Next up was the S, which, until the arrival of the base V6 in the first quarter of next year, is the most affordable petrol-powered Cayenne at $139,900.
For the mid-life update, Porsche ditched the 4.8-litre V8 for a 3.6-litre bi-turbo V6 engine producing 309kW and 550Nm, which is actually a 15kW/50Nm boost over the outgoing bent-eight.
While the new engine is more powerful, and more frugal – the 9.5-9.8L/100km official figure is 1.0L/100km more economical than the previous engine – it lacks the aural delight of the V8 (more on that later), but it has more than enough get up and go to keep enthusiastic drivers happy.
There is a slight hesitation on take-off, likely due to the two turbos, but Porsche says it can race from a standing start to 100km/h in 5.5 seconds.
After some time behind the wheel of the S, we started to forget just how big the Cayenne is and the two-tonne SUV started to feel a whole lot lighter. While not quite as agile as a two-door sportscar or a hot hatch, the Cayenne darted around corners and took sweeping bends like a pro, with no real hint of body roll.
All of our test cars drove on optional 21-inch wheels, and the Cayenne, in Comfort mode at least, handled corrugations and larger pot-holes with ease.
Drivers can alter the suspension with the Porsche Active Suspension Management (PASM) system and in Sport mode, the springs got a little tighter making for a slightly bumpier ride, but never uncomfortably so.
Finally we slid into the gorgeous red leather seats of the range-topping Turbo.
While the S offers solid performance for a reasonable price, a few seconds behind the wheel of the Turbo was enough for us to determine the star performer in the Cayenne line-up - at least until we drive the tech-laden plug-in S E-Hybrid and GTS early next year.
The 382kW/750Nm 4.8-litre bi-turbo V8 might not be the most technologically advanced or sophisticated engine on offer, but once we experienced its addictive soundtrack and breathtaking performance, we didn't care.
Porsche says the Turbo can dash to 100km/h in 4.2 seconds but can also manage fuel use of 11.2-11.5L/100km. We don't doubt the 0-100km/h time at all, but we challenge anyone to drive this car and not want to push it hard and fast and therefore blow out the average fuel figure. We saw a range in the low 20s, which is hardly surprising given how hard the Turbo asks to be pushed.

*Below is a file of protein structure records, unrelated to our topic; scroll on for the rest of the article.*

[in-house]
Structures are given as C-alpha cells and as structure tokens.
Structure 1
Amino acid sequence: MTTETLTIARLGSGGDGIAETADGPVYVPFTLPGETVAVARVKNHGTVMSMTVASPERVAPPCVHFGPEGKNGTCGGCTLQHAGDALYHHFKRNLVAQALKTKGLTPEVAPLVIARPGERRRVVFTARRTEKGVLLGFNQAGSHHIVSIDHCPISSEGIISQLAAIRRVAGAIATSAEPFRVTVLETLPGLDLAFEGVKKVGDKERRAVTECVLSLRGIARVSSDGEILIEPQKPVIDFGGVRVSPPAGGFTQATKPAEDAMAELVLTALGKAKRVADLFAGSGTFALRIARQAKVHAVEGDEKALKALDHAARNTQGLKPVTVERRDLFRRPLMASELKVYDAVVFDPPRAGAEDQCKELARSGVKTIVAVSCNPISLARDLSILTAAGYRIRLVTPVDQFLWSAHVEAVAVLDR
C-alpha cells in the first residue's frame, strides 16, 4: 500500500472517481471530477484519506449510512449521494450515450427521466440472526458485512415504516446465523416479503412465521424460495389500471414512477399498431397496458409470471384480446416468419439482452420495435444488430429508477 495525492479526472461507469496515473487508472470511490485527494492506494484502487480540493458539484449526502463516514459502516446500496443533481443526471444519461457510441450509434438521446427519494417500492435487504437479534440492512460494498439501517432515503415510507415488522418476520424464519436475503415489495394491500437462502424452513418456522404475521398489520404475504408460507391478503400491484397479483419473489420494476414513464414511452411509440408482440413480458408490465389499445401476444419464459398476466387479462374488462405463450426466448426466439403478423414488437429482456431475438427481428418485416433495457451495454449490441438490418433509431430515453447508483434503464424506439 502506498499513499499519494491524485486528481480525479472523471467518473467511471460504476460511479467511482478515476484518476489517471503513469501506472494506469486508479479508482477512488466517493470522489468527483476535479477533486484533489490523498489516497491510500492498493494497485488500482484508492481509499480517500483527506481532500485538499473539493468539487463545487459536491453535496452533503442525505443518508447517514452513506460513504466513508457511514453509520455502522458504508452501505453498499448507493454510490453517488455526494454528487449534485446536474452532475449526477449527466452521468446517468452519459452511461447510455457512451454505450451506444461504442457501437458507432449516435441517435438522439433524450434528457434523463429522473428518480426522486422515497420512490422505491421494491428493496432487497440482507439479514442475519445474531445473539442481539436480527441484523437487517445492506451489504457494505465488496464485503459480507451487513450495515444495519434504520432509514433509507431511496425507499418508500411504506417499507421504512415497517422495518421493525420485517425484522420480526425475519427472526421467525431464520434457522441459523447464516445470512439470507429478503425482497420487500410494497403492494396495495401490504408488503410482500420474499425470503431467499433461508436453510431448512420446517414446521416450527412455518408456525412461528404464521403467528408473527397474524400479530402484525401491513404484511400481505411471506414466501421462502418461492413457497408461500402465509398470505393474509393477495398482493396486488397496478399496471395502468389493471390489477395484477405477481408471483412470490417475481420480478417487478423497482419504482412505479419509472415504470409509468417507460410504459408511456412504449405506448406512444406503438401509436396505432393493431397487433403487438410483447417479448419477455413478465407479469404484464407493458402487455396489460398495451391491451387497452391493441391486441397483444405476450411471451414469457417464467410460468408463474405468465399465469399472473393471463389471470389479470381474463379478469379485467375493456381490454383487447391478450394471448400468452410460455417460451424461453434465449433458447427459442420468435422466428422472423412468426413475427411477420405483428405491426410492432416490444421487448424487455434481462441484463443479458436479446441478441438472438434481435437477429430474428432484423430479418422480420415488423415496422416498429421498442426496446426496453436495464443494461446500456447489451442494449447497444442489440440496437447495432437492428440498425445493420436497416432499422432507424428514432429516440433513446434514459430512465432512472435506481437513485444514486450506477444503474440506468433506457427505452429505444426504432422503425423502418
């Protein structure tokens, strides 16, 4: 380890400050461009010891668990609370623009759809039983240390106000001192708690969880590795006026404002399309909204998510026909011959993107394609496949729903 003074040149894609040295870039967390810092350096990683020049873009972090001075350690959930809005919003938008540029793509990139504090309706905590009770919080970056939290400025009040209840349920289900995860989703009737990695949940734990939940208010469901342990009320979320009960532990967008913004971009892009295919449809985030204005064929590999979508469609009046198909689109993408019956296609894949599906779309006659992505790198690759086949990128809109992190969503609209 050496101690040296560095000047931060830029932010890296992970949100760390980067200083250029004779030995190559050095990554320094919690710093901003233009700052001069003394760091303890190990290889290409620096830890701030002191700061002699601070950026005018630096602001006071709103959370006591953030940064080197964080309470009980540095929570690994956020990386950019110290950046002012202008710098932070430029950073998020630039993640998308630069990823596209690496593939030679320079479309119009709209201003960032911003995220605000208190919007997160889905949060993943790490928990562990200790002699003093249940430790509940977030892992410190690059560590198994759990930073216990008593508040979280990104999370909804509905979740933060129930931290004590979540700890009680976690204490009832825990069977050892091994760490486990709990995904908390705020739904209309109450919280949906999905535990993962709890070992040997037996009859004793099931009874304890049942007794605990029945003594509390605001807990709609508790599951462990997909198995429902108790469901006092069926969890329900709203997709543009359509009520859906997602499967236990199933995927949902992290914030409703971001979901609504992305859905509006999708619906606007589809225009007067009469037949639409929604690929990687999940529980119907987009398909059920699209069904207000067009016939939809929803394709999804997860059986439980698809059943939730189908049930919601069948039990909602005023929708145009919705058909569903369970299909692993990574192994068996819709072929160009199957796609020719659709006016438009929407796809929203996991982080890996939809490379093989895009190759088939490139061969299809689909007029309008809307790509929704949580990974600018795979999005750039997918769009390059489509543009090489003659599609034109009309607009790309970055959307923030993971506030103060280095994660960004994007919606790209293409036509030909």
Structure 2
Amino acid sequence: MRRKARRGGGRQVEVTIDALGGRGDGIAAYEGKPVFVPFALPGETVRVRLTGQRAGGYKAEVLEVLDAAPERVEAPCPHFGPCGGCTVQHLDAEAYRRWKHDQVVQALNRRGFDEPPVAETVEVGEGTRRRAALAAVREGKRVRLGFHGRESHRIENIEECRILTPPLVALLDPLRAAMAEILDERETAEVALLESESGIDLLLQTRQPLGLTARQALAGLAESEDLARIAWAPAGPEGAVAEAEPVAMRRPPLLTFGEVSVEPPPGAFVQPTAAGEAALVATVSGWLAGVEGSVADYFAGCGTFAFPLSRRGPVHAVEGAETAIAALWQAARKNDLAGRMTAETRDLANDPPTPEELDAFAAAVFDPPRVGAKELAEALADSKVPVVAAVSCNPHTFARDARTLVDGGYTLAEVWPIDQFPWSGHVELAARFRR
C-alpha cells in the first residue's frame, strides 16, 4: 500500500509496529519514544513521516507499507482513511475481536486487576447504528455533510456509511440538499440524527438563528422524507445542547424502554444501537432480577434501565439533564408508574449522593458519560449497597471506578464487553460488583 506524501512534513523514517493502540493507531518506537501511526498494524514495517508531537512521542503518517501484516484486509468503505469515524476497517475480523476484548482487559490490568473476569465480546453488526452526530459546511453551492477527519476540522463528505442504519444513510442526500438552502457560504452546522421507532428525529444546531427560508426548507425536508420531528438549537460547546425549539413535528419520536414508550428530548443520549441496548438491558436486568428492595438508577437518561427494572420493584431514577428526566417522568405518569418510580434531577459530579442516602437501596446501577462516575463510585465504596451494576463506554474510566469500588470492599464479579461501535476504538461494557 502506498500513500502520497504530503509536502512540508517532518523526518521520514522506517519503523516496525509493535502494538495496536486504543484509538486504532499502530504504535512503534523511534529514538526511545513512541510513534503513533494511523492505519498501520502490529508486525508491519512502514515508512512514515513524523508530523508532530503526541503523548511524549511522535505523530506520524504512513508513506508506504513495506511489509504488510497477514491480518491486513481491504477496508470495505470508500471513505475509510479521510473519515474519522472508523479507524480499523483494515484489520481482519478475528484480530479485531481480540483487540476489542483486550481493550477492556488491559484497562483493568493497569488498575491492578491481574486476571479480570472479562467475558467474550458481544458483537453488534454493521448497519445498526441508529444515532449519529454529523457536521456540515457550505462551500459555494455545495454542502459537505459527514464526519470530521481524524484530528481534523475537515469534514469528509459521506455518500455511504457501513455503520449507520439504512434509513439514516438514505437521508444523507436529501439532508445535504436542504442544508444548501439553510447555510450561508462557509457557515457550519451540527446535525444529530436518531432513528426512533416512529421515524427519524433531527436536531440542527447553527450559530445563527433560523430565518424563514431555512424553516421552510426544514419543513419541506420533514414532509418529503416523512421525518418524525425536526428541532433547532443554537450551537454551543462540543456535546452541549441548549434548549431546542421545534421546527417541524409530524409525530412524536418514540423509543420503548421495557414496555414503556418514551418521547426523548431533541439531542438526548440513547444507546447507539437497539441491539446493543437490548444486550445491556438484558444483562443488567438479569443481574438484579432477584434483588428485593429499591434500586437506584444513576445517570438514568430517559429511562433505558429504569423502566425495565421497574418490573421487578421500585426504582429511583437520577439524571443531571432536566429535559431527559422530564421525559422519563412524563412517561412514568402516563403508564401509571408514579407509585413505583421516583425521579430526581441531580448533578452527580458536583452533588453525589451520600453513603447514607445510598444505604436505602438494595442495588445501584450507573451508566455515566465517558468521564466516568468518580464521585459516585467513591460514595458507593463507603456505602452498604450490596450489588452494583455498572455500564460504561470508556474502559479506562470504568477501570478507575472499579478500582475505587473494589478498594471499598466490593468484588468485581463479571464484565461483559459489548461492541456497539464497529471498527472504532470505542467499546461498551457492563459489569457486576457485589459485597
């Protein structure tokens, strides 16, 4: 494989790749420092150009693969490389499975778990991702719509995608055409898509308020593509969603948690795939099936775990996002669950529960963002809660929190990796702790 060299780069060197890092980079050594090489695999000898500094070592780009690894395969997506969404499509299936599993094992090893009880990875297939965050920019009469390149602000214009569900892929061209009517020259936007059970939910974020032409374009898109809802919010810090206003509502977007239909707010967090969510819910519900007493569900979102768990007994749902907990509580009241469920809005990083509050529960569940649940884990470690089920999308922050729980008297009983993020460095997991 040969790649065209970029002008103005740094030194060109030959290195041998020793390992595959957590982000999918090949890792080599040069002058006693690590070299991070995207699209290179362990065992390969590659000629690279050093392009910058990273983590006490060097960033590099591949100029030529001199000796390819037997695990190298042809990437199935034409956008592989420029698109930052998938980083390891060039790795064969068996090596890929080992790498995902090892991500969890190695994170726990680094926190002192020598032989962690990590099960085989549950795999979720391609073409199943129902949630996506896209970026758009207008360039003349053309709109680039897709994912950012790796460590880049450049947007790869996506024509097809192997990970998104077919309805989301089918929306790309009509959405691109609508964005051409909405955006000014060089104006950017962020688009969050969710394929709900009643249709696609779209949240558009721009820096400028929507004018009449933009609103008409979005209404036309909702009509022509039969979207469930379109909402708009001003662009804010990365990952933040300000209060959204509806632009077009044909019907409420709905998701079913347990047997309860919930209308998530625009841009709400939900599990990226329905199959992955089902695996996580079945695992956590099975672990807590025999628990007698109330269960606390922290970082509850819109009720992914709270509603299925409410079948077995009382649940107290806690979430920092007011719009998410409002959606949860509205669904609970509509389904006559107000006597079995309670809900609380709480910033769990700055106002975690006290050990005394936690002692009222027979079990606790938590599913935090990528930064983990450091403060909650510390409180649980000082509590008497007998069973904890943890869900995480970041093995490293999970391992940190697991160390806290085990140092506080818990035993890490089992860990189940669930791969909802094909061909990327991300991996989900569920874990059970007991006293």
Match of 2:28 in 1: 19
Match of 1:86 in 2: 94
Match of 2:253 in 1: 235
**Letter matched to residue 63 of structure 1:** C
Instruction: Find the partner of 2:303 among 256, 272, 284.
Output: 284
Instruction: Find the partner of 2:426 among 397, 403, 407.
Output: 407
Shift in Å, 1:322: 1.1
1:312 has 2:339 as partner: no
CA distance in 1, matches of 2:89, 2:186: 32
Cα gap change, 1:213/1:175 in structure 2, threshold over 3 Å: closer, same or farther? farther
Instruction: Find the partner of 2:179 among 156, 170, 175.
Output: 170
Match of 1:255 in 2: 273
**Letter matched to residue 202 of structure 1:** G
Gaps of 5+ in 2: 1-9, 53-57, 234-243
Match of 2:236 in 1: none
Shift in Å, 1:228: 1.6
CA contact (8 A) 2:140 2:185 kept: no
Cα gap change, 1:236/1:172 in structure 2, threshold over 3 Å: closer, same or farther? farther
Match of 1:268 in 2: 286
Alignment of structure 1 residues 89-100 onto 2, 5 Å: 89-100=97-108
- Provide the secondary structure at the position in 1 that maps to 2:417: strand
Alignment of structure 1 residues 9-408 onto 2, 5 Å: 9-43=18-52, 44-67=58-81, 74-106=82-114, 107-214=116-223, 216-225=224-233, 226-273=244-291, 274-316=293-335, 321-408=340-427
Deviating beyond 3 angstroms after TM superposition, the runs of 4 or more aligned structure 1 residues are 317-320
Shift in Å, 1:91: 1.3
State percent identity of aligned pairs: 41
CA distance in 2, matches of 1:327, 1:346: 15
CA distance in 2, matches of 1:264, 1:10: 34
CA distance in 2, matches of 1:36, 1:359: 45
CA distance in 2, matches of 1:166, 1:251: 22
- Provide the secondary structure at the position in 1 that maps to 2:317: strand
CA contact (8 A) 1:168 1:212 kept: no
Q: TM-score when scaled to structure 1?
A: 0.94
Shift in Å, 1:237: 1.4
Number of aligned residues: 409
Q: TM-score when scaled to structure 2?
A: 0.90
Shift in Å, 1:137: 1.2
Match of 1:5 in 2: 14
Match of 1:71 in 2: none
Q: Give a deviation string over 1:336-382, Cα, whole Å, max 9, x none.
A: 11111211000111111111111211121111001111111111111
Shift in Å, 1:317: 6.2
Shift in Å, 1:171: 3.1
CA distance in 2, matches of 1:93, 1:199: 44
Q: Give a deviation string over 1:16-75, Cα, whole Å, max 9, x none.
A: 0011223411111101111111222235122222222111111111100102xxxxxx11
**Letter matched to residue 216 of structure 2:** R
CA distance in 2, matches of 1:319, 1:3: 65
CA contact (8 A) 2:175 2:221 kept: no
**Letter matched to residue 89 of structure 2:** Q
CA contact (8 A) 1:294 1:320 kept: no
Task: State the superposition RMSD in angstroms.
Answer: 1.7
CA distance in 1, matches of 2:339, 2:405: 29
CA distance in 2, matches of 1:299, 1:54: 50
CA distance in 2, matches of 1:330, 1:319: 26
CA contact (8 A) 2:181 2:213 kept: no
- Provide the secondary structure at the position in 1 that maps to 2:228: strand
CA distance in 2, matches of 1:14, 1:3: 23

The Turbo's brutal performance, combined with exceptional ride and handling makes it the clear standout in the impressive Cayenne range. Again, it feels lighter than it should, particularly when thrown around tight bends.
The brakes, unchanged from the outgoing model, are also impressive, and not just the array of calliper colours. The anchors pull up the high-riding Cayenne without fuss.
It may cost $230,800, or about $90,000 less than the S, but Porsche also offers additional kit in the Turbo to sweeten the deal.
Apart from the stunning red leather, you can opt for Alcantara roof lining, stitching on the soft-touch dash, a Porsche logo embossed on the headrests, black roof rails and a black exterior package, but this increases the price even further and the Turbo offers enough goodies as it is.
There are some other terrific touches, such as the air suspension which drops the ride height. This can be accessed from the driver's seat or you can lower it via a control in the boot if you have heavy items you want to load into the cargo area. You can even adjust the height of the tailgate opening to suit your needs.
Occupants up front aren't the only ones spoiled, with plenty of leg and head room in the second row. Your 183cm correspondent sat behind his own seating position with loads of room to spare.
You probably wouldn't want to sit in the middle seat of the second row for very long, but there are heated and ventilated seats on some variants and rear airvents.
The updates to the Cayenne have improved an already impressive package, but having only tested three variants we will have to wait until the arrival of the S E-Hybrid, GTS and V6 to determine the best of the bunch.
Until then, the Turbo gets our vote, followed very closely by the very impressive S Diesel.
The Cayenne might now have a sexy young sibling to compete with in the Macan – the Liam Hemsworth to the older, bulkier Chris – but the German-built SUV is still at the top of its game and at the top of its class.